Thursday's Why Do Conservative Christians Kill Their Kids? could've been an early April 1st post, but it was actually a bad reaction to an overdose of "liberals are [bad/unethical/unpatriotic/hypocrites/can't count to numerous] and here is my carefully selected fact to prove it."
This impulse welled up after spending far more time on John McCain's mouth than any non-member of the American Academy of Cosmetic Dentistry should, and then reading George Will's "Liberals speak of generosity; conservatives actually have it."
"The surprise is that liberals are markedly less charitable than conservatives," he intones, sounding not very surprised at all, while the headline writer follows right along.
Will picked this week to write about a book published 16 months ago that forwards a premise that
liberals give financial lip service to their social values. You've probably heard this already, in a far less affected manner than Will manages:
While conservatives tend to regard giving as a personal rather than governmental responsibility, some liberals consider private charity a retrograde phenomenon — a poor palliative for an inadequate welfare state, and a distraction from achieving adequacy by force, by increasing taxes.
In other words, we substitute other people's taxes for our personal charity.
You'd think in honor of tax time Will would at least congratulate us Blue Staters for taking smaller deductions, thereby paying more to the government. Isn't that living your values?
Okay, seriously. My annoyance with Will's piece starts with how he slants the evidence even further to the right than what's in Arthur C. Brooks's Who Really Cares: The Surprising Truth About Compassionate Conservatism. Will says:
Although liberal families' incomes average 6 percent higher than those of conservative families, conservative-headed households give, on average, 30 percent more to charity than the average liberal-headed household ($1,600 per year vs. $1,227).
Will notes the importance of religion as an underpinning of conservative values, but he neglects to mention that religious giving accounts for most of this disparity.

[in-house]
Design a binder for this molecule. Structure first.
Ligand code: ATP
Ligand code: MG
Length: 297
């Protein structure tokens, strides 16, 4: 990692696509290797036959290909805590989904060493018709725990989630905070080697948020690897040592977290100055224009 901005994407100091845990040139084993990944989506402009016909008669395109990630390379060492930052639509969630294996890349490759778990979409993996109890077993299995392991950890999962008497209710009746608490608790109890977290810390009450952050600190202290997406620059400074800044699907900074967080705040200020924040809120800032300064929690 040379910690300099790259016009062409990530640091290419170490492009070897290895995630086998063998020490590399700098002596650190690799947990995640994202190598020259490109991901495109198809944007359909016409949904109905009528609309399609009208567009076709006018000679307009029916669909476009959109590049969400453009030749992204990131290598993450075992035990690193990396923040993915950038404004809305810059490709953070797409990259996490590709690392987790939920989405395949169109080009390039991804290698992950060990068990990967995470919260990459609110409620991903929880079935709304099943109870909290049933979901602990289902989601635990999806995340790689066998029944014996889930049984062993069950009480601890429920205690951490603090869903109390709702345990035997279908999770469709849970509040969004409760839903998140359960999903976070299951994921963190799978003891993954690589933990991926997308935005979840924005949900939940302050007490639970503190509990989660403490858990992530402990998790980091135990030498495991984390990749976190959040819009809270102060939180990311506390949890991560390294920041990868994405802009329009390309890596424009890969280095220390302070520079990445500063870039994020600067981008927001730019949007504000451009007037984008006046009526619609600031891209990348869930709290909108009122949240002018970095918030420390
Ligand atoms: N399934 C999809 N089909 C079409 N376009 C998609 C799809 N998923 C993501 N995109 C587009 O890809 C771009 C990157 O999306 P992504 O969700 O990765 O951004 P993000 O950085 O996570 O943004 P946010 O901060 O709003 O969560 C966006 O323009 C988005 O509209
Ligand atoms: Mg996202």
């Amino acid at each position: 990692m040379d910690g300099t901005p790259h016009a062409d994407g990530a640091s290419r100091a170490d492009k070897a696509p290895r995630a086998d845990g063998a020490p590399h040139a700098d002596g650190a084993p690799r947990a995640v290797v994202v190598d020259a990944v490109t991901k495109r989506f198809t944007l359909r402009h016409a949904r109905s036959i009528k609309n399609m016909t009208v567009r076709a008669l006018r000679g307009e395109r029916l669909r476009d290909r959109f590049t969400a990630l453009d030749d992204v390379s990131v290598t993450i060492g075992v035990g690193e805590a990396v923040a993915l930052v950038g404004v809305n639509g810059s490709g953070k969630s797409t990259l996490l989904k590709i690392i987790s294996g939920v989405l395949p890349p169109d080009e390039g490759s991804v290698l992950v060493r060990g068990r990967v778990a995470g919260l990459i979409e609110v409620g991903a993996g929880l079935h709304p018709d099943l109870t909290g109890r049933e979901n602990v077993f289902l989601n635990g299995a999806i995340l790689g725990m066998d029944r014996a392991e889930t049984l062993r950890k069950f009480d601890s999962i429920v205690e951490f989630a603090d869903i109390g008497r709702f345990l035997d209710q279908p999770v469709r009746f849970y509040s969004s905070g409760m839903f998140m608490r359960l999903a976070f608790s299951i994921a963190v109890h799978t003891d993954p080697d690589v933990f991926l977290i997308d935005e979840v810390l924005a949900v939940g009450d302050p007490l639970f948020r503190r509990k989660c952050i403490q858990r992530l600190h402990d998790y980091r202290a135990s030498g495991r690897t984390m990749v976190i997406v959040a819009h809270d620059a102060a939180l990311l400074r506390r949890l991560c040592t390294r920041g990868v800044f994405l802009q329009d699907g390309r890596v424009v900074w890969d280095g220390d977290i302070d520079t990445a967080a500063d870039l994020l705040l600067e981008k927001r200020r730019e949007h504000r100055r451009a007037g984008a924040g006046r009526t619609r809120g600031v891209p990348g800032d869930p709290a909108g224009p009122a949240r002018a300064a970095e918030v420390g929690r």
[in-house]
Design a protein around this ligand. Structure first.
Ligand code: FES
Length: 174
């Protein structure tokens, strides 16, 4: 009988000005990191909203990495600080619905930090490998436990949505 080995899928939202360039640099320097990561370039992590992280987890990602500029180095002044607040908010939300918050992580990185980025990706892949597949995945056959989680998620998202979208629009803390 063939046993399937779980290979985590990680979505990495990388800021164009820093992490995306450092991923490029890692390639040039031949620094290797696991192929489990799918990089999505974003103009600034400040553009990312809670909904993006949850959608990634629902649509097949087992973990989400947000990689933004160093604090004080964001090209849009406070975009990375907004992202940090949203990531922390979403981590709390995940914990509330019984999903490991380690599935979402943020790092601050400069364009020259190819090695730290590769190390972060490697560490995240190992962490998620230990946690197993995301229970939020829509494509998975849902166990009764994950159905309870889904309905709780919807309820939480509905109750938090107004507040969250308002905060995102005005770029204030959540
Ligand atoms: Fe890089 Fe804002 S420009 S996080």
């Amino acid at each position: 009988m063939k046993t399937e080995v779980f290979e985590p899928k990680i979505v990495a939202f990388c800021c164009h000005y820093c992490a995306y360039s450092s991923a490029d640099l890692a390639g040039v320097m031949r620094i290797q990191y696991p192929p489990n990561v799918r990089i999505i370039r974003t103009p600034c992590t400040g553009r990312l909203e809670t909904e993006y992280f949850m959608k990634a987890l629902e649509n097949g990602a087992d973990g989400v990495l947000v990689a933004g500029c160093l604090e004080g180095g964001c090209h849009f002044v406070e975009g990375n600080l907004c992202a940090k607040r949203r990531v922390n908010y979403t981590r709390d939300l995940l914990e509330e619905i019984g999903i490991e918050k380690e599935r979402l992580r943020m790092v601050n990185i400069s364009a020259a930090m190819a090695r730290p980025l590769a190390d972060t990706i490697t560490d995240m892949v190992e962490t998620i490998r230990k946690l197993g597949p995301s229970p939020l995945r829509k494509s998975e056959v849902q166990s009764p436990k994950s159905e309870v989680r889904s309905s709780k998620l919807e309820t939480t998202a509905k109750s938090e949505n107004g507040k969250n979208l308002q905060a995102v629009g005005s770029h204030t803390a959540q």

Brooks found religious donors gave about 3.5 times the amount secular donors did — on average $2,210 versus $642 — and most of that giving went to religious causes. That tracks with a recent report from the Minnesota Council on Foundations, which says individual religious giving in the state dwarfs all other categories at about 60% of charitable dollars.
But according to a review in Philanthropy, when Brooks measured only giving to non-religious causes, the difference between religious and secular givers fell to $88. He also found that religious conservatives gave slightly more than religious liberals, while secular liberals were more generous than their conservative counterparts.
I could further question the size and source of any giving gap, but what really got me was the divisive set up. Like asking "why do conservatives kill their kids?" Will's formulation of the research is presented in a way that incites argument rather than invites exploration by the "accused."
Instead, what if we approached Brooks's book in a spirit of discovery? What sorts of questions might we ask? And what might we learn about ourselves that would actually be useful?
- Am I more generous than other Americans? If not, is that something I want to change?
- Why do I give? To solve social ills or make myself feel good?
- Do my giving patterns show ideological or class biases? Does that matter?
- Is it better to give to the poor than to the arts or environment? How do I make those choices?
- Do my political opinions make it hard for me to see the actual social value in religious giving and faith-based initiatives? Do others discount the value of public investment for similar reasons?
- If we can agree on desired outcomes from fulfilling social needs, will it be easier for the community to agree on a variety of funding methods?
When readers are introduced to issues in a way that accentuates existing political notions — such as government wastes my money or wealth and morality are incompatible — it's very difficult to reach any kind of understanding, either of the other side's beliefs or the deeper complexities of the problem.
This article about fundamentalism expresses in another way the constructive potential of the tension between liberal and conservative thought.
Fundamentalism's conservative impulse wants stability in societies. Liberal impulses serve to give us not stability but civility: humanity. They do this by expanding the definitions of our inherited territorial categories. The essential job of liberals in human societies is to enlarge our understanding of who belongs in our in-group. This is the plot of virtually all liberal advances.
When liberal visions work, it's because they have kept one foot solidly in our deep territorial impulses with the other foot free to push the margin, to expand the definition of those who belong in “our” territory.
When liberal visions fail, it is often because they fail to achieve just this kind of balance between our conservative impulses and our liberal needs.
The problem, of course, is that this notion of balance fits better with liberalism. The fundamentalists are less likely to budge.